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Analysis © 2007 by G. Edward Griffin. Updated September 23

Would you rather be a Neoconservative or a Progressive? That is a trick question. The trick is in the fact that, although there may be differences between the rhetoric and short-term agendas of these groups, their long-term goals actually are the same. They may differ over how to fight a war in the Middle East but not over the right of the President to wage such a war empowered by the UN instead of Congress. They may differ over what kind of speech should be forbidden ("subversive" speech vs. "hate" speech, for example) but not over the right of the government to forbid it. They may differ over how fast to bankrupt the nation to provide benefits for its citizens but not over the assumption that providing benefits is what governments are supposed to do. They disagree over tactics, timing, and style, but not objectives. They fight for dominance within the New World Order, but they work together to build it. That is because both groups have embraced the underlying ideology of global collectivism.

The illusion of opposites has been a dominant part of the world's political landscape for over a century and it has been the primary reason for the advance of collectivism during that time. In the epic struggles of World War II, millions of patriotic citizens within the combatant nations passionately supported their leaders, believing they were defending against an evil empire. Russians fought for Communism; Germans fought for Nazism; Italians fought for Fascism. Yet, these were merely variants of the underlying ideology, called collectivism, that was common to them all.

Americans, of course, were horrified by such political doctrines and fought, instead, for Democracy. They did not realize that, while that word filled their heads with visions of freedom and justice for all, their leaders had another definition as they quietly converted the United States into a collectivist regime incredibly similar to the ones against which they fought. The contest was never about ideology. It was always about who would be the victor and who would be the vanquished; who would emerge from the war with world power; who would control the natural resources; who would create the new boundaries; who would judge and who would hang.

In our present era, there are few champions for Communism and practically none for Nazism or Fascism, but everyone claims to be a champion of Democracy. Neoconservatives and Progressives, alike, sprinkle their rhetoric with this word like salt on a fresh baked potato. This is a clue that it has no meaningful definition. It is used as a political mantra to hypnotize the masses into a receptive state of mind. After all, anyone who speaks in defense of Democracy has got to be a good guy, right?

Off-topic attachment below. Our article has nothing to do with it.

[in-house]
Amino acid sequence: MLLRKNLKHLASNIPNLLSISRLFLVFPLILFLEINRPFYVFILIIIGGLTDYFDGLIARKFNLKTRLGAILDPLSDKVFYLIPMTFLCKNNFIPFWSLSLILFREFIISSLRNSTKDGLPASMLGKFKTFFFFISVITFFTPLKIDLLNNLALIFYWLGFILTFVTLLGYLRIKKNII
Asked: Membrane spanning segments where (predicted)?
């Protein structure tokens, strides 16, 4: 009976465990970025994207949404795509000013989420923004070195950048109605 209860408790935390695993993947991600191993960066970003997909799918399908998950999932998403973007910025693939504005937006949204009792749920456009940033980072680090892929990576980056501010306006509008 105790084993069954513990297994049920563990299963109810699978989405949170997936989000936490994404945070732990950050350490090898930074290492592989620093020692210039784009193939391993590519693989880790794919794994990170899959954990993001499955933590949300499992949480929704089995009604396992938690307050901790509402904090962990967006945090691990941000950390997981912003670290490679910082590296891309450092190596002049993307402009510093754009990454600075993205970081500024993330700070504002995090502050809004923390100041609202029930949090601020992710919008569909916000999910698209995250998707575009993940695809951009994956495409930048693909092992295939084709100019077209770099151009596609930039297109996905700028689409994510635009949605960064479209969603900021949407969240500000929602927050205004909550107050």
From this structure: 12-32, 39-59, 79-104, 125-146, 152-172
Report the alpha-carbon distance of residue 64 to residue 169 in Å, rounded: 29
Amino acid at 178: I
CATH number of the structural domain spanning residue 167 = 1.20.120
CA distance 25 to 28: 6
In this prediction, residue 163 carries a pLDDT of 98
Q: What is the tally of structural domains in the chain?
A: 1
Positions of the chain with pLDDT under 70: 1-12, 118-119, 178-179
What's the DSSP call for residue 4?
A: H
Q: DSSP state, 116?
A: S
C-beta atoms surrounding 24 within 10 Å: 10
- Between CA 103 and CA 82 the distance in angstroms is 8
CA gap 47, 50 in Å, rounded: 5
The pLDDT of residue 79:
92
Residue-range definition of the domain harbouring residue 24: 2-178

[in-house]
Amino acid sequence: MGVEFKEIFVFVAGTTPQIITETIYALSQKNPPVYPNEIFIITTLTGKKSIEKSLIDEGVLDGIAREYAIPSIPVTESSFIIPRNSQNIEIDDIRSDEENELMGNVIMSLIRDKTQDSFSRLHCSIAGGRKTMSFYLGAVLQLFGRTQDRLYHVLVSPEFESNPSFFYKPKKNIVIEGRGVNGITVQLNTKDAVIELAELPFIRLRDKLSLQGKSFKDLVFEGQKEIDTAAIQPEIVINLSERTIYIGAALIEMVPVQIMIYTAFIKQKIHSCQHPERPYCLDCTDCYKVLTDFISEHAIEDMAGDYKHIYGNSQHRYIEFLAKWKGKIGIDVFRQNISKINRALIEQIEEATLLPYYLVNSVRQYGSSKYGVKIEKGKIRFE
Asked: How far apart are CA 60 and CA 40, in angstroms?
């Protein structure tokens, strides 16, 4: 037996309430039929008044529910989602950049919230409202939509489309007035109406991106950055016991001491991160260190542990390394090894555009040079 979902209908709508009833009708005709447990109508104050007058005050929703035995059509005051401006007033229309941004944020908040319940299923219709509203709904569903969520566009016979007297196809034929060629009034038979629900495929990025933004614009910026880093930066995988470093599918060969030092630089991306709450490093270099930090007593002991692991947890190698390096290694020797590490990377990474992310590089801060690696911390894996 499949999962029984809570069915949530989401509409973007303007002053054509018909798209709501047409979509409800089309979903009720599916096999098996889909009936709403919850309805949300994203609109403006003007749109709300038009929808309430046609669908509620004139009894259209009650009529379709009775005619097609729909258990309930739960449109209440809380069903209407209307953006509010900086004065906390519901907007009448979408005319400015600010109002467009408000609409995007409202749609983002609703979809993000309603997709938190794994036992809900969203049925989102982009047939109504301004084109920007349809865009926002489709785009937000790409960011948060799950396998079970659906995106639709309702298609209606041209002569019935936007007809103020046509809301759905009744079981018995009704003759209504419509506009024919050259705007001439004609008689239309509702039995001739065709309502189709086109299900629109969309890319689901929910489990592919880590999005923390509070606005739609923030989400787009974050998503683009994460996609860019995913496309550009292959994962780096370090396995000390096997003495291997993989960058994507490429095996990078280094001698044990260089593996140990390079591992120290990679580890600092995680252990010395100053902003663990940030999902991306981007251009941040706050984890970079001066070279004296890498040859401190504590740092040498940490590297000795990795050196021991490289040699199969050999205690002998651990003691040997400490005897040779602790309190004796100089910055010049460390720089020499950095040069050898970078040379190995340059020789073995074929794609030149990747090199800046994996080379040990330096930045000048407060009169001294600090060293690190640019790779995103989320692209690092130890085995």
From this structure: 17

Right vs. Left In today's debate, the illusion of opposites has become a myth of gigantic proportions. On one side - supposedly the Left side - we have Leftists, Communists, Socialists, Marxists, Neo Marxists, Leninists, Maoists, Liberals, Progressives, and (in The U.S.) Democrats. On the other side - supposedly the Right side - we have Rightists, Nazis, Neo Nazis, Fascists, Conservatives, Neoconservatives, Reactionaries, and (in the U.S.) Republicans.

Almost all modern political debate is framed by these words; yet, there is no one who can define what they mean except to their own satisfaction. There is no universally accepted understanding that will be accepted by advocates and critics alike. The possible exceptions are those that bear the names of authors, such as Marx, Lenin, and Mao, because it could be argued that they represent the views expressed in their writings. However, we are still left with the formidable task of accurately summarizing those views to everyone's satisfaction.

Social mores and religious beliefs sometimes divide along the Left-Right political axis. Those on the Left are more likely to embrace life styles that those on the Right would consider improper or even sinful. Those on the Right are more likely to be church-going members of an organized religion. But these are not definitive values, because there is a great deal of diversity on both sides. Republicans smoke pot. Democrats go to church. Social or religious values cannot be included in any meaningful definition of these groups.

Be that as it may, the degree to which there truly are definable qualities to these labels is the same degree to which we can understand that they are similar. For example, if there is any doubt of the similarity between the collectivism of Marx and the collectivism of Hitler, all one has to do is read Das Kapital, The Communist Manifesto, and Mein Kampf. The point is that, when the labels are peeled off and the underlying ideologies are examined, we come inexorably to the conclusion that every one of them is built upon the foundation of collectivism. We are expected to choose sides when, in reality, there is no substantial difference between them. No matter which side we choose, we are on the side of collectivism. That is the trick.